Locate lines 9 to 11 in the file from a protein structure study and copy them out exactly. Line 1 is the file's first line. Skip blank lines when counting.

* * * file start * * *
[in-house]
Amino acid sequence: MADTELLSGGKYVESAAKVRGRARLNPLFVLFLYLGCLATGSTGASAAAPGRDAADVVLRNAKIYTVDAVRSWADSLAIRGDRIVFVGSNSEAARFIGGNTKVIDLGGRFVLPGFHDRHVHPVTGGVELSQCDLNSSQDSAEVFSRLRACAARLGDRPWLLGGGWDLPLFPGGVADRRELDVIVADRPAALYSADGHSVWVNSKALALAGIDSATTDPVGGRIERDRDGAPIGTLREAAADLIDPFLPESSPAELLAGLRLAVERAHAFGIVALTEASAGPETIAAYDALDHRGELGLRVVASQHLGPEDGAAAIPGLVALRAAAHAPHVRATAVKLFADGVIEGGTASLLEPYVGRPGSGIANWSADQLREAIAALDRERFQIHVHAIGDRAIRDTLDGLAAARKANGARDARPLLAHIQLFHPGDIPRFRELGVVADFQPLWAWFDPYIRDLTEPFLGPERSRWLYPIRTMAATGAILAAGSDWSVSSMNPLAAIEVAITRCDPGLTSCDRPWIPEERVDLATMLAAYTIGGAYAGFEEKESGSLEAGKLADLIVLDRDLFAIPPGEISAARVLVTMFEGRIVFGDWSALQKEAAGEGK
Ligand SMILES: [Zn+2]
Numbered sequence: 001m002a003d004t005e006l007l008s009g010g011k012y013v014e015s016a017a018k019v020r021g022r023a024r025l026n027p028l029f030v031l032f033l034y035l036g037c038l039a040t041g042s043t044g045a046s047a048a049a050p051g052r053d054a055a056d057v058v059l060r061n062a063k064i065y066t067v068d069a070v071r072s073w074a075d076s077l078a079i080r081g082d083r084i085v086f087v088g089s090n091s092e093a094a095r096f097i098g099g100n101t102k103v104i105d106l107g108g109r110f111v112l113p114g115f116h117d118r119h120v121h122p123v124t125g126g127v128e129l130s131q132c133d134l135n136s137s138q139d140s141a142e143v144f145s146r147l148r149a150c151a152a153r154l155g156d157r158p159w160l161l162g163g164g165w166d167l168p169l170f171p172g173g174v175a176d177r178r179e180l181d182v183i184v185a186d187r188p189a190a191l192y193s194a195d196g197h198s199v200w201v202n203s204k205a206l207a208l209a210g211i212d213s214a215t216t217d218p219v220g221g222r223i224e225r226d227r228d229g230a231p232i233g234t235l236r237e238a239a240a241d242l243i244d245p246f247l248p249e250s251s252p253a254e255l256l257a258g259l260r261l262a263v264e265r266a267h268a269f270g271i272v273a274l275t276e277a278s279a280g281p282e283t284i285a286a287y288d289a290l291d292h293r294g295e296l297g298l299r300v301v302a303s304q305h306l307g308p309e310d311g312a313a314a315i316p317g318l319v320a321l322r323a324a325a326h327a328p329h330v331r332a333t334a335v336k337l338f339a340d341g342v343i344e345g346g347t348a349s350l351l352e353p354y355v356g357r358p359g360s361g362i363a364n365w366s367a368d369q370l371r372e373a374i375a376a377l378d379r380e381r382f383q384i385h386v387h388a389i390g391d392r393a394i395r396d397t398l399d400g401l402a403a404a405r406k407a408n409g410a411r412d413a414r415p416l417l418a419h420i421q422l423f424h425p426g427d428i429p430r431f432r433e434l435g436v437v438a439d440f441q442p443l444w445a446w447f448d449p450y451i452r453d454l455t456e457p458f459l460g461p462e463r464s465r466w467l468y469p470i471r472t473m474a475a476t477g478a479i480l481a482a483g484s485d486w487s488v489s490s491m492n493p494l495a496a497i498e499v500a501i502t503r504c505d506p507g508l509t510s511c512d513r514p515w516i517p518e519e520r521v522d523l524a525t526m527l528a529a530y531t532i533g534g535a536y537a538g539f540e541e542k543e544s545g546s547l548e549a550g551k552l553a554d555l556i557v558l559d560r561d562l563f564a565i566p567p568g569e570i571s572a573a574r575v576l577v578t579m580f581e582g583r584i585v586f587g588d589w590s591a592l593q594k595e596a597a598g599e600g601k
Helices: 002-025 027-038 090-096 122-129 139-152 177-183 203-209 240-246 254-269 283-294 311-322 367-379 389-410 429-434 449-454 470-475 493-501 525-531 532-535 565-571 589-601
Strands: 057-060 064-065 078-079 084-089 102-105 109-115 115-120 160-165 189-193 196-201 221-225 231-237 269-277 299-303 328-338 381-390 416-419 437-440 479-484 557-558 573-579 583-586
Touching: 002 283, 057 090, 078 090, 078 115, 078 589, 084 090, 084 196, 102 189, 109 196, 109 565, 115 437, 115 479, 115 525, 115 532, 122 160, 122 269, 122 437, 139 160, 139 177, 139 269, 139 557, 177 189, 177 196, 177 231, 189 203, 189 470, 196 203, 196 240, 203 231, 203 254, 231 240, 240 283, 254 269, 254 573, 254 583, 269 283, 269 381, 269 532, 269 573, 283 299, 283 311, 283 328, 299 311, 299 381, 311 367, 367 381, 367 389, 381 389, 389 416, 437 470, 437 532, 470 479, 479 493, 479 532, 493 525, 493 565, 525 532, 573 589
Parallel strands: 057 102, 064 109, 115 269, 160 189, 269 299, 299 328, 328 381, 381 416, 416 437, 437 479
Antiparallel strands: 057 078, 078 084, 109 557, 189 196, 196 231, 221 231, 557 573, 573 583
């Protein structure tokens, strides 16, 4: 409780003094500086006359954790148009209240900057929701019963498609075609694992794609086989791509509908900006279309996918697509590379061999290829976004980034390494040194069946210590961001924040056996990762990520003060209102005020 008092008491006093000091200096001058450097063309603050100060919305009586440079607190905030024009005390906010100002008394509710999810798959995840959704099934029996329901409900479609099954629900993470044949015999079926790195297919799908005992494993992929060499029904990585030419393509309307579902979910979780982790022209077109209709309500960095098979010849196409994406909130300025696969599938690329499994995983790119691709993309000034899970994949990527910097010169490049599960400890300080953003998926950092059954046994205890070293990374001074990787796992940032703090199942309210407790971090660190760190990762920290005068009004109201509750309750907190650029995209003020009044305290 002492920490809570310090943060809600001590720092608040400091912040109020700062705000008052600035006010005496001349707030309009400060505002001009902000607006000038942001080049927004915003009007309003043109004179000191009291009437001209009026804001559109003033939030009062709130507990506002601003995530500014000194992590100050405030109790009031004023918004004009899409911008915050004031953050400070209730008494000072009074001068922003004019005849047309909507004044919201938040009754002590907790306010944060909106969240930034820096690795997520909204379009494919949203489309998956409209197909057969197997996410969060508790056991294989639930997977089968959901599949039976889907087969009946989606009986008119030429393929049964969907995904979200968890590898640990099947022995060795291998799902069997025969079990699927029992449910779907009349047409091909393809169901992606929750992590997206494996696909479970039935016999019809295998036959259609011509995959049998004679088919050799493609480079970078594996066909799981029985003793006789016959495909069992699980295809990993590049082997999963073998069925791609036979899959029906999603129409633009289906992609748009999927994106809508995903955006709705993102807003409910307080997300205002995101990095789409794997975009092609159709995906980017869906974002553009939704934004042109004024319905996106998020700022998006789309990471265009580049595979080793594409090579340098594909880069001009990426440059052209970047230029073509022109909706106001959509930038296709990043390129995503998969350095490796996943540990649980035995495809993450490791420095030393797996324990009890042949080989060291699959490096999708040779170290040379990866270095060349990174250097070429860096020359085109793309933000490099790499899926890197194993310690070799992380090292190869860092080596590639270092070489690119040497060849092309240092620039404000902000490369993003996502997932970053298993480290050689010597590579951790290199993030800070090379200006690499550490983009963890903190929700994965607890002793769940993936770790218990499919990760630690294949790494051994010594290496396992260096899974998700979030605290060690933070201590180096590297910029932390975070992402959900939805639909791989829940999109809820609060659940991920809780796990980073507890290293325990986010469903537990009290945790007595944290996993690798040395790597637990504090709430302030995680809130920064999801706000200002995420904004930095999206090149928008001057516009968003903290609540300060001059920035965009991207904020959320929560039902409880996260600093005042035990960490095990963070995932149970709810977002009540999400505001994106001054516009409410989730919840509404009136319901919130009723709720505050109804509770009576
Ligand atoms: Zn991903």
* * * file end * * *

Antiparallel strands: 057 078, 078 084, 109 557, 189 196, 196 231, 221 231, 557 573, 573 583
């Protein structure tokens, strides 16, 4: 409780003094500086006359954790148009209240900057929701019963498609075609694992794609086989791509509908900006279309996918697509590379061999290829976004980034390494040194069946210590961001924040056996990762990520003060209102005020 008092008491006093000091200096001058450097063309603050100060919305009586440079607190905030024009005390906010100002008394509710999810798959995840959704099934029996329901409900479609099954629900993470044949015999079926790195297919799908005992494993992929060499029904990585030419393509309307579902979910979780982790022209077109209709309500960095098979010849196409994406909130300025696969599938690329499994995983790119691709993309000034899970994949990527910097010169490049599960400890300080953003998926950092059954046994205890070293990374001074990787796992940032703090199942309210407790971090660190760190990762920290005068009004109201509750309750907190650029995209003020009044305290 002492920490809570310090943060809600001590720092608040400091912040109020700062705000008052600035006010005496001349707030309009400060505002001009902000607006000038942001080049927004915003009007309003043109004179000191009291009437001209009026804001559109003033939030009062709130507990506002601003995530500014000194992590100050405030109790009031004023918004004009899409911008915050004031953050400070209730008494000072009074001068922003004019005849047309909507004044919201938040009754002590907790306010944060909106969240930034820096690795997520909204379009494919949203489309998956409209197909057969197997996410969060508790056991294989639930997977089968959901599949039976889907087969009946989606009986008119030429393929049964969907995904979200968890590898640990099947022995060795291998799902069997025969079990699927029992449910779907009349047409091909393809169901992606929750992590997206494996696909479970039935016999019809295998036959259609011509995959049998004679088919050799493609480079970078594996066909799981029985003793006789016959495909069992699980295809990993590049082997999963073998069925791609036979899959029906999603129409633009289906992609748009999927994106809508995903955006709705993102807003409910307080997300205002995101990095789409794997975009092609159709995906980017869906974002553009939704934004042109004024319905996106998020700022998006789309990471265009580049595979080793594409090579340098594909880069001009990426440059052209970047230029073509022109909706106001959509930038296709990043390129995503998969350095490796996943540990649980035995495809993450490791420095030393797996324990009890042949080989060291699959490096999708040779170290040379990866270095060349990174250097070429860096020359085109793309933000490099790499899926890197194993310690070799992380090292190869860092080596590639270092070489690119040497060849092309240092620039404000902000490369993003996502997932970053298993480290050689010597590579951790290199993030800070090379200006690499550490983009963890903190929700994965607890002793769940993936770790218990499919990760630690294949790494051994010594290496396992260096899974998700979030605290060690933070201590180096590297910029932390975070992402959900939805639909791989829940999109809820609060659940991920809780796990980073507890290293325990986010469903537990009290945790007595944290996993690798040395790597637990504090709430302030995680809130920064999801706000200002995420904004930095999206090149928008001057516009968003903290609540300060001059920035965009991207904020959320929560039902409880996260600093005042035990960490095990963070995932149970709810977002009540999400505001994106001054516009409410989730919840509404009136319901919130009723709720505050109804509770009576
Ligand atoms: Zn991903």